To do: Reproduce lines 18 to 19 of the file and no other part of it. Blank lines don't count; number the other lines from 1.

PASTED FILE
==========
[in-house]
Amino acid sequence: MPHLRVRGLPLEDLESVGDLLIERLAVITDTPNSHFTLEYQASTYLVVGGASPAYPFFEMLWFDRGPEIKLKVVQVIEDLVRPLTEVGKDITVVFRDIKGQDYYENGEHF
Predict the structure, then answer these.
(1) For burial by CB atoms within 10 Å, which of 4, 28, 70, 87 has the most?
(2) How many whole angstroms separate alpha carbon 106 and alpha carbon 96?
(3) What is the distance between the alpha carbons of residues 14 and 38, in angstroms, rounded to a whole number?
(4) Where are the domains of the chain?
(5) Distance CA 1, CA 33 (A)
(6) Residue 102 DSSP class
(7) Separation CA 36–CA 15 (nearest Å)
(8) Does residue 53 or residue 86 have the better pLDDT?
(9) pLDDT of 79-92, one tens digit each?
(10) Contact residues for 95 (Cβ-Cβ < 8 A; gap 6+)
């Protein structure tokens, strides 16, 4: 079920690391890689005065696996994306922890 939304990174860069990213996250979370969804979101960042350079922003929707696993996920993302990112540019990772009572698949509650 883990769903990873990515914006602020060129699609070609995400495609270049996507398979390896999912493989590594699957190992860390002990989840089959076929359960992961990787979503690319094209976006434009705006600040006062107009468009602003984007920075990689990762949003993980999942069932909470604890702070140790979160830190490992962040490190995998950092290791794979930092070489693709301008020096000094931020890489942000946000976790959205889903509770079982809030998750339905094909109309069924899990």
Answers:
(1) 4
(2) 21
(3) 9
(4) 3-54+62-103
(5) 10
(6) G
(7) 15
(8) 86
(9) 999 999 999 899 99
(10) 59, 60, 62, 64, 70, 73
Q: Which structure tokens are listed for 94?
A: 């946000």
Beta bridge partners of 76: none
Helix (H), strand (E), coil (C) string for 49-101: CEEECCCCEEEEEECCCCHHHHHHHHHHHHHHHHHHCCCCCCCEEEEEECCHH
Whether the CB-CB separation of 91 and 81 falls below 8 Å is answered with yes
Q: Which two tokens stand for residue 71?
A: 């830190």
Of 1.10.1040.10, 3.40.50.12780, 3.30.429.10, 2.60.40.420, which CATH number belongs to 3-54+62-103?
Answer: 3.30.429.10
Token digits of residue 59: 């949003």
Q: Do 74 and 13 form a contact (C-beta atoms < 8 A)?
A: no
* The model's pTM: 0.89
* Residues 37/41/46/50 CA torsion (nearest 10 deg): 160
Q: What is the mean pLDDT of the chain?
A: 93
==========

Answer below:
(3) 9
(4) 3-54+62-103